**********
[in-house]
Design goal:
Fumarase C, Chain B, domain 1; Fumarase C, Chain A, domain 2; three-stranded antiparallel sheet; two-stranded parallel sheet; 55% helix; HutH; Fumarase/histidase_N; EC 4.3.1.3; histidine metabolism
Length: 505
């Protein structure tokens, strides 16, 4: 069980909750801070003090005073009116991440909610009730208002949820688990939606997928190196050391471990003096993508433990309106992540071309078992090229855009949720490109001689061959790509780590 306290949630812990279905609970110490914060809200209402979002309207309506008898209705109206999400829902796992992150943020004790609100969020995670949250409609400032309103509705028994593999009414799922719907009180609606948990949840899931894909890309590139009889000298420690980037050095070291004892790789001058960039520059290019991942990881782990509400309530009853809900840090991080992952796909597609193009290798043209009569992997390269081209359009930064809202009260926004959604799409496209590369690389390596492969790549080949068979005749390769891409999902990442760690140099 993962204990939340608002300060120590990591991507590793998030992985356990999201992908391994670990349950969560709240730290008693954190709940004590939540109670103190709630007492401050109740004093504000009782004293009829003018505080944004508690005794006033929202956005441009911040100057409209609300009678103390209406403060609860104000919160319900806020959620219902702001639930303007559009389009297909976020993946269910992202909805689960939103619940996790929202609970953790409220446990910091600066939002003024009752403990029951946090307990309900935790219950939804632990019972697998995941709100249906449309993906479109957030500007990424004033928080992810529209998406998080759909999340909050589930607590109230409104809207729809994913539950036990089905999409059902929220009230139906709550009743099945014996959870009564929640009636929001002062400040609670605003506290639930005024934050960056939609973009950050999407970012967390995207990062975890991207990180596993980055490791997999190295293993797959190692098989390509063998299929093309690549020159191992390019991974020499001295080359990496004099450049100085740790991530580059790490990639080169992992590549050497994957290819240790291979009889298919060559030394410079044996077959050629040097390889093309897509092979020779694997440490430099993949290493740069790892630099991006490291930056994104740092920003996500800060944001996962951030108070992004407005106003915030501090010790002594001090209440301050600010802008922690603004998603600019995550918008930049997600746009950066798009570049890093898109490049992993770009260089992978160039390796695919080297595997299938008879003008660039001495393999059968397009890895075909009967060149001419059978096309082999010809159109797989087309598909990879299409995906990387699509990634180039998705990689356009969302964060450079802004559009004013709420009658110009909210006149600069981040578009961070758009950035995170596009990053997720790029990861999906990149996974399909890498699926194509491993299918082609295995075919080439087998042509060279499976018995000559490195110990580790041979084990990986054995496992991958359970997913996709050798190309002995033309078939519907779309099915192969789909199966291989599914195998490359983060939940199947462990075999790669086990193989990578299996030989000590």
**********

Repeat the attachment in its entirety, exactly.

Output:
[in-house]
Design goal:
Fumarase C, Chain B, domain 1; Fumarase C, Chain A, domain 2; three-stranded antiparallel sheet; two-stranded parallel sheet; 55% helix; HutH; Fumarase/histidase_N; EC 4.3.1.3; histidine metabolism
Length: 505
């Protein structure tokens, strides 16, 4: 069980909750801070003090005073009116991440909610009730208002949820688990939606997928190196050391471990003096993508433990309106992540071309078992090229855009949720490109001689061959790509780590 306290949630812990279905609970110490914060809200209402979002309207309506008898209705109206999400829902796992992150943020004790609100969020995670949250409609400032309103509705028994593999009414799922719907009180609606948990949840899931894909890309590139009889000298420690980037050095070291004892790789001058960039520059290019991942990881782990509400309530009853809900840090991080992952796909597609193009290798043209009569992997390269081209359009930064809202009260926004959604799409496209590369690389390596492969790549080949068979005749390769891409999902990442760690140099 993962204990939340608002300060120590990591991507590793998030992985356990999201992908391994670990349950969560709240730290008693954190709940004590939540109670103190709630007492401050109740004093504000009782004293009829003018505080944004508690005794006033929202956005441009911040100057409209609300009678103390209406403060609860104000919160319900806020959620219902702001639930303007559009389009297909976020993946269910992202909805689960939103619940996790929202609970953790409220446990910091600066939002003024009752403990029951946090307990309900935790219950939804632990019972697998995941709100249906449309993906479109957030500007990424004033928080992810529209998406998080759909999340909050589930607590109230409104809207729809994913539950036990089905999409059902929220009230139906709550009743099945014996959870009564929640009636929001002062400040609670605003506290639930005024934050960056939609973009950050999407970012967390995207990062975890991207990180596993980055490791997999190295293993797959190692098989390509063998299929093309690549020159191992390019991974020499001295080359990496004099450049100085740790991530580059790490990639080169992992590549050497994957290819240790291979009889298919060559030394410079044996077959050629040097390889093309897509092979020779694997440490430099993949290493740069790892630099991006490291930056994104740092920003996500800060944001996962951030108070992004407005106003915030501090010790002594001090209440301050600010802008922690603004998603600019995550918008930049997600746009950066798009570049890093898109490049992993770009260089992978160039390796695919080297595997299938008879003008660039001495393999059968397009890895075909009967060149001419059978096309082999010809159109797989087309598909990879299409995906990387699509990634180039998705990689356009969302964060450079802004559009004013709420009658110009909210006149600069981040578009961070758009950035995170596009990053997720790029990861999906990149996974399909890498699926194509491993299918082609295995075919080439087998042509060279499976018995000559490195110990580790041979084990990986054995496992991958359970997913996709050798190309002995033309078939519907779309099915192969789909199966291989599914195998490359983060939940199947462990075999790669086990193989990578299996030989000590």